Thursday, May 24, 2018

"Jesse" by Julian Lennon

Song#:  2413
Date:  08/03/1985
Debut:  75
Peak:  54
Weeks:  6
Genre:  Pop, Adult Contemporary

Pop Bits:  Lennon's debut album Valotte was a platinum success thanks to three Top 30 singles including two Top 10s. Thinking that there still might be a little life left to squeeze out of the album, Lennon's label, Atlantic, decided to push out this fourth single. It got a little bit of airplay at Rock and made it to #24, but it just didn't get enough support to get inside the top half of the Pop chart.

ReduxReview:  This song about a guy hooked on drugs and not willing to get out of his current lifestyle seemed like an odd choice for Lennon. It's a pretty good song, but it is dragged down by a weak production from Phil Ramone. It's filled with synths and effects, which really don't add anything to the tune. Even Lennon's reading is a bit on the shrill side. Had this been done in a more brooding, mysterious style with more of a rock edge and far less synths, I think the track would have been more successful. As-is, the arrangement and Ramone's production turned a good song into something bland and forgettable.

ReduxRating:  4/10

Trivia:  All the songs on Valotte were written or co-written by Lennon except for this track. This song was written by singer/songwriter China Burton. The British songwriter was a little late to the game, but tried to start a solo career in the late seventies doing disco music. He was able to get one record released on the small UK label called Logo titled "Don't You Care (About Our Love)." It didn't make the charts, but the song later gained a following and the original vinyl recording became somewhat of a prized collectable for disco music lovers. According to an interview with Lennon, he met Burton at a nightclub and Burton though that his song "Jesse" would be a good fit for Lennon's voice. Lennon listened to the track and took it in the studio to see what might come of it. Burton's original demo had the song as a ballad, but Lennon decided to do a more uptempo take with a bit of a rock edge. It ended up being good enough to be included on the album and be issued as a single. Burton continued to write songs for other artists and another one of his compositions ended up being recorded by three artists and charting twice. Burton co-wrote "Do You Want It Right Now" with Nick Straker and it was originally recorded by Siedah Garrett for the soundtrack to the 1985 film Fast Forward. It was released as a single and it got to #3 at Dance and #63 R&B. The song was then covered by singer Taylor Dayne for her 1988 debut album. Her version was not issued as a single. Then in 1992, the NYC band Degrees of Motion recorded a version that got to #7 Dance, #75 R&B, and #94 Pop.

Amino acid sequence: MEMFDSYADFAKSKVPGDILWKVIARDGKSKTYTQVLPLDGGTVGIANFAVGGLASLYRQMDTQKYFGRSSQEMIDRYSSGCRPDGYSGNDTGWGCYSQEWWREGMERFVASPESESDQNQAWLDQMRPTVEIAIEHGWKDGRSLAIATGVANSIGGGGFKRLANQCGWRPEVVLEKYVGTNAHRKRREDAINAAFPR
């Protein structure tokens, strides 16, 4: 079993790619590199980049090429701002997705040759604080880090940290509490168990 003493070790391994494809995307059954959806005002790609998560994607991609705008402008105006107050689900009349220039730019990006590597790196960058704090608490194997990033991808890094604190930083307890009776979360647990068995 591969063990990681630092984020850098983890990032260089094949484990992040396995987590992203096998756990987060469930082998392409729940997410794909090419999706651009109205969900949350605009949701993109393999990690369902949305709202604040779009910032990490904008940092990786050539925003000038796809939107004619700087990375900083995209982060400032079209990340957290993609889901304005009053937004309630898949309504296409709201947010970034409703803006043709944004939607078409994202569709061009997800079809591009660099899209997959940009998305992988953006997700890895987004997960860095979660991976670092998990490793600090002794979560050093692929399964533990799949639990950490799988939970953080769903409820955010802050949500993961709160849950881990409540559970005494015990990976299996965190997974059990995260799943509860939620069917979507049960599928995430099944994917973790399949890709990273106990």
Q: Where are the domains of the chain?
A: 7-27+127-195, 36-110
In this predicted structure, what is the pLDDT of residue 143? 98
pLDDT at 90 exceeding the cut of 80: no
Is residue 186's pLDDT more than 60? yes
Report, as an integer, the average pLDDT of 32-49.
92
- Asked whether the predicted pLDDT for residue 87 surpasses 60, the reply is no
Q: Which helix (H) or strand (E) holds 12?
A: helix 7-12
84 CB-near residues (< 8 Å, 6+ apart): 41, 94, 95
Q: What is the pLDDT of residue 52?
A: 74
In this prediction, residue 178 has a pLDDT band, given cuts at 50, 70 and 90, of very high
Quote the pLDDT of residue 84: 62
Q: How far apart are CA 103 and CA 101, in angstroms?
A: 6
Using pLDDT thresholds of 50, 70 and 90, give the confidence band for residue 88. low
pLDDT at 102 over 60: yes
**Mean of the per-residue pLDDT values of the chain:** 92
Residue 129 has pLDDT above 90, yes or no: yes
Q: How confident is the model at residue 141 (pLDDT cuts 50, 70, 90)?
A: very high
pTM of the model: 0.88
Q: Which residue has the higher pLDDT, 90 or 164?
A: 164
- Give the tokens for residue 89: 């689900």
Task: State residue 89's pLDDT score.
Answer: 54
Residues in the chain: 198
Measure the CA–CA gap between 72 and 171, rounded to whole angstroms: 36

Wednesday, May 23, 2018

"Oh Sheila" by Ready for the World

#1 Alert!
Song#:  2412
Date:  08/03/1985
Debut:  85
Peak:  1 (1 week)
Weeks:  21
Genre:  R&B, Dance